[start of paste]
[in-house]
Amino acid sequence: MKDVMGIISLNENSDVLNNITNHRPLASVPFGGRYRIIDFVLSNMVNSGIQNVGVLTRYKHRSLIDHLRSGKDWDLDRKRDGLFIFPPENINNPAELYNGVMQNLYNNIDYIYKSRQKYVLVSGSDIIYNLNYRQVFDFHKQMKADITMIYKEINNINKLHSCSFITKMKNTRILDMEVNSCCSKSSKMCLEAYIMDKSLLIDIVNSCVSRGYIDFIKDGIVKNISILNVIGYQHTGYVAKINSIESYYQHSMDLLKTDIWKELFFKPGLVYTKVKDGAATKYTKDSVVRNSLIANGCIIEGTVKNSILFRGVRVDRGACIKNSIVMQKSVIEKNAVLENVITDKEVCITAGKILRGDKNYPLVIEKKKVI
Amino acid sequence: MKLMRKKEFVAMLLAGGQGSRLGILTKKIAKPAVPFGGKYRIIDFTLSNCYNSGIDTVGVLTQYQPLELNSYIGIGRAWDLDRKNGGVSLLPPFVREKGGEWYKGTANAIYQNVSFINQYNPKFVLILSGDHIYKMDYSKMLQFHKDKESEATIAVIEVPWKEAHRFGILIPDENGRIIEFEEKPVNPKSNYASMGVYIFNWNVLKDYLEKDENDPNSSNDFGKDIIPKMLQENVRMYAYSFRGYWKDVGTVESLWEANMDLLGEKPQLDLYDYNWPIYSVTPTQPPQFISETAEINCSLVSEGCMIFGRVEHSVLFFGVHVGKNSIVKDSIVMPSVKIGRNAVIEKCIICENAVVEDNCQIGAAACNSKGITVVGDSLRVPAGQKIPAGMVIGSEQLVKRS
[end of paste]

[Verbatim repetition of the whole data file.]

[in-house]
Amino acid sequence: MKDVMGIISLNENSDVLNNITNHRPLASVPFGGRYRIIDFVLSNMVNSGIQNVGVLTRYKHRSLIDHLRSGKDWDLDRKRDGLFIFPPENINNPAELYNGVMQNLYNNIDYIYKSRQKYVLVSGSDIIYNLNYRQVFDFHKQMKADITMIYKEINNINKLHSCSFITKMKNTRILDMEVNSCCSKSSKMCLEAYIMDKSLLIDIVNSCVSRGYIDFIKDGIVKNISILNVIGYQHTGYVAKINSIESYYQHSMDLLKTDIWKELFFKPGLVYTKVKDGAATKYTKDSVVRNSLIANGCIIEGTVKNSILFRGVRVDRGACIKNSIVMQKSVIEKNAVLENVITDKEVCITAGKILRGDKNYPLVIEKKKVI
Amino acid sequence: MKLMRKKEFVAMLLAGGQGSRLGILTKKIAKPAVPFGGKYRIIDFTLSNCYNSGIDTVGVLTQYQPLELNSYIGIGRAWDLDRKNGGVSLLPPFVREKGGEWYKGTANAIYQNVSFINQYNPKFVLILSGDHIYKMDYSKMLQFHKDKESEATIAVIEVPWKEAHRFGILIPDENGRIIEFEEKPVNPKSNYASMGVYIFNWNVLKDYLEKDENDPNSSNDFGKDIIPKMLQENVRMYAYSFRGYWKDVGTVESLWEANMDLLGEKPQLDLYDYNWPIYSVTPTQPPQFISETAEINCSLVSEGCMIFGRVEHSVLFFGVHVGKNSIVKDSIVMPSVKIGRNAVIEKCIICENAVVEDNCQIGAAACNSKGITVVGDSLRVPAGQKIPAGMVIGSEQLVKRS